For the repair of deteriorated portions of concrete wear course, some form of epoxy adhesive would preferably be used in place of asphalt as wear course adhesive 18. Those with ordinary skill in the highway engineering art, and especially in connection with repairs of concrete wear course will be able to specify the desired adhesive and reinforcing fabric 12 for use on concrete wear courses.

As shown in FIG. 9, the pavement tiles 10 may be conveniently stacked in groups of 6 or less on an appropriate crate 22 having rope and handles 24 to facilitate carrying the tiles. It is estimated that a 22 tile with a quarter inch thick layer of asphalt aggregate mix will weigh about 19 pounds. Thus, a stack of six tiles is about all that a worker can be expected to carry by himself. Bands 26 are preferably fastened around the crate or pallet 22 and tile 10. The bands 26 are cut when a crate of tiles is to be used. Of course, wire or other fastener could be employed in place of the bands 26.

FIGS. 2 through 5 show the method for applying the tiles to the deteriorated wear course. First, in FIG. 2, the paved roadway is swept free of loose dirt and particles, rocks, twigs, leaves, etc., at the deteriorated spot 30 of the wear course with broom 31 by worker 28. No other preparation of the wear course to be repaired is required.

As seen in FIG. 3, the worker 28 peels the backing 20 from the tile 10. The worker then inverts the tile 10 as shown in FIG. 4, and positions the tile 10 above the deteriorated spot 30 of the wear course. As seen in FIG. 5, the worker places the wear course adhesive 18, or asphalt, against the pavement, and presses the tile into place manually.

No preheating of the paved surface is required, and therefore, no unit for maintaining hot mix warm and loose is necessary. Further, because the asphalt aggregate mix 16 of the tile 10 is already compacted, no compaction unit is required at the repair site. Aside from the increased ease of repair and elimination of equipment for each repair crew, the time savings alone would be significant in using my invention over the prior art.

Although different sizes of tiles could be used for different sizes of wear course deteriorations, it is preferred that one uniform, relatively small, e.g. two feet square, square size be used, so that more than one tile may be used and adjoined in alignment to repair a crack or other pavement deterioration that is larger than the standard tile size. Because the tiles are preferably evenly cut with square edges, many tiles can be adjoined to cover a significant area, as desired.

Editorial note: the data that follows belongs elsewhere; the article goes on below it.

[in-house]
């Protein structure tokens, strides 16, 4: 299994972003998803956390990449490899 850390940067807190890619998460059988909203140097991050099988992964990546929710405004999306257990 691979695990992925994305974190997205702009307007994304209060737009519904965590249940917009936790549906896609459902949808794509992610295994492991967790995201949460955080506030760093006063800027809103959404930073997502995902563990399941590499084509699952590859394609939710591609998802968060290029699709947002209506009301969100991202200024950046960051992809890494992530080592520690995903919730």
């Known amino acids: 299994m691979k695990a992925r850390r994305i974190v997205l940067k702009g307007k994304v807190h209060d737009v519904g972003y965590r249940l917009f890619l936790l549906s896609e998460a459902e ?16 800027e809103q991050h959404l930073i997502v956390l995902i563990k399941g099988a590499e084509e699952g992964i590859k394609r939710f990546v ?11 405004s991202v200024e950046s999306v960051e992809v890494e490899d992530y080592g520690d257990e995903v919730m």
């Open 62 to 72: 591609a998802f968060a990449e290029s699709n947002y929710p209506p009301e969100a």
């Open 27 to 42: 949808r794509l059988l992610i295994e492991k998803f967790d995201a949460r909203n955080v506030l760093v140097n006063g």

Thus, the preferred method for preparing deteriorated wear course of road surfaces in this instance an asphalt aggregate paved wear course, preferably includes the following steps. First, the flexible backing is peeled from a bottom of a pavement tile 10, exposing a wear course adhesive coating over the bottom of the pavement tile 10. The pavement tile is inverted so that the asphalt aggregate mix layer on the tope of the pavement tile faces upward and the tile positioned above a deteriorated portion of the wear course of the road surface being repaired. The wear course adhesive or asphalt, is placed against the wear course of the roadway and pressed manually into place.

If the tile 10 is insufficient to cover the deteriorated portion of the wear course to be repaired, the first tile is aligned or positioned so that the outer edges or periphery of the tile are pressed against and cover the edge of the deteriorated spot of the wear course. Then the procedure outlined above for individual tiles is repeated. On each repetition, the successive tiles is aligned so that the edges of the tile are aligned with, abutted against, and mated with the first tile, and any other tiles already placed on the pavement, so as to form a continuous wear course or road surface over the deteriorated spot, with the edges of the tiles being against or covering the entire periphery of the deteriorated spot on smooth undeteriorated road course.